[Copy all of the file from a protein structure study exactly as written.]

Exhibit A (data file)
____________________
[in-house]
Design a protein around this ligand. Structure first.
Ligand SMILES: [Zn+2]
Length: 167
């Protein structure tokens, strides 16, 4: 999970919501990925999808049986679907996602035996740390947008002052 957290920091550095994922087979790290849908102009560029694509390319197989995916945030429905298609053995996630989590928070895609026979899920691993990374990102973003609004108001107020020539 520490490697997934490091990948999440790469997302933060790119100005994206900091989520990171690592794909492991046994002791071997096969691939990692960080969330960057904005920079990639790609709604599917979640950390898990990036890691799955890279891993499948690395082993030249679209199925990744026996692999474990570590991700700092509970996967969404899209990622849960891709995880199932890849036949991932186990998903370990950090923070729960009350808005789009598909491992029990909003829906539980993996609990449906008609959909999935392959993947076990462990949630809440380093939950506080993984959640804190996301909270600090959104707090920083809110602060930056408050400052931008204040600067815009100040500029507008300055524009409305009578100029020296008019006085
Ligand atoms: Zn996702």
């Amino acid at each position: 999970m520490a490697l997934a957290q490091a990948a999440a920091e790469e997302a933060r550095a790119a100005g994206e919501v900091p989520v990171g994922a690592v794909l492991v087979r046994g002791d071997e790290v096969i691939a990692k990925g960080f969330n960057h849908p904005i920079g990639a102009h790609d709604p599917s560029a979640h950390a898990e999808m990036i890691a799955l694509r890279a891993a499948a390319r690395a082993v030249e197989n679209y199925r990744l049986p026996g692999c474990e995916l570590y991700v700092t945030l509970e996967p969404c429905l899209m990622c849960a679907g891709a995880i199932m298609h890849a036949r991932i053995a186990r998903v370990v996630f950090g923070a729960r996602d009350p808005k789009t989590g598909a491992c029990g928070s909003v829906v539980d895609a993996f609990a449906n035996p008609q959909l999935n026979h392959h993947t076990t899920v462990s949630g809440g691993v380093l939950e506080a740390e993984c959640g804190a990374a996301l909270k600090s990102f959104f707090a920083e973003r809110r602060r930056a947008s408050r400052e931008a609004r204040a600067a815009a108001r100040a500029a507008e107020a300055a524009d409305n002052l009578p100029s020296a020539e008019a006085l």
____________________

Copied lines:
[in-house]
Design a protein around this ligand. Structure first.
Ligand SMILES: [Zn+2]
Length: 167
């Protein structure tokens, strides 16, 4: 999970919501990925999808049986679907996602035996740390947008002052 957290920091550095994922087979790290849908102009560029694509390319197989995916945030429905298609053995996630989590928070895609026979899920691993990374990102973003609004108001107020020539 520490490697997934490091990948999440790469997302933060790119100005994206900091989520990171690592794909492991046994002791071997096969691939990692960080969330960057904005920079990639790609709604599917979640950390898990990036890691799955890279891993499948690395082993030249679209199925990744026996692999474990570590991700700092509970996967969404899209990622849960891709995880199932890849036949991932186990998903370990950090923070729960009350808005789009598909491992029990909003829906539980993996609990449906008609959909999935392959993947076990462990949630809440380093939950506080993984959640804190996301909270600090959104707090920083809110602060930056408050400052931008204040600067815009100040500029507008300055524009409305009578100029020296008019006085
Ligand atoms: Zn996702």
């Amino acid at each position: 999970m520490a490697l997934a957290q490091a990948a999440a920091e790469e997302a933060r550095a790119a100005g994206e919501v900091p989520v990171g994922a690592v794909l492991v087979r046994g002791d071997e790290v096969i691939a990692k990925g960080f969330n960057h849908p904005i920079g990639a102009h790609d709604p599917s560029a979640h950390a898990e999808m990036i890691a799955l694509r890279a891993a499948a390319r690395a082993v030249e197989n679209y199925r990744l049986p026996g692999c474990e995916l570590y991700v700092t945030l509970e996967p969404c429905l899209m990622c849960a679907g891709a995880i199932m298609h890849a036949r991932i053995a186990r998903v370990v996630f950090g923070a729960r996602d009350p808005k789009t989590g598909a491992c029990g928070s909003v829906v539980d895609a993996f609990a449906n035996p008609q959909l999935n026979h392959h993947t076990t899920v462990s949630g809440g691993v380093l939950e506080a740390e993984c959640g804190a990374a996301l909270k600090s990102f959104f707090a920083e973003r809110r602060r930056a947008s408050r400052e931008a609004r204040a600067a815009a108001r100040a500029a507008e107020a300055a524009d409305n002052l009578p100029s020296a020539e008019a006085l």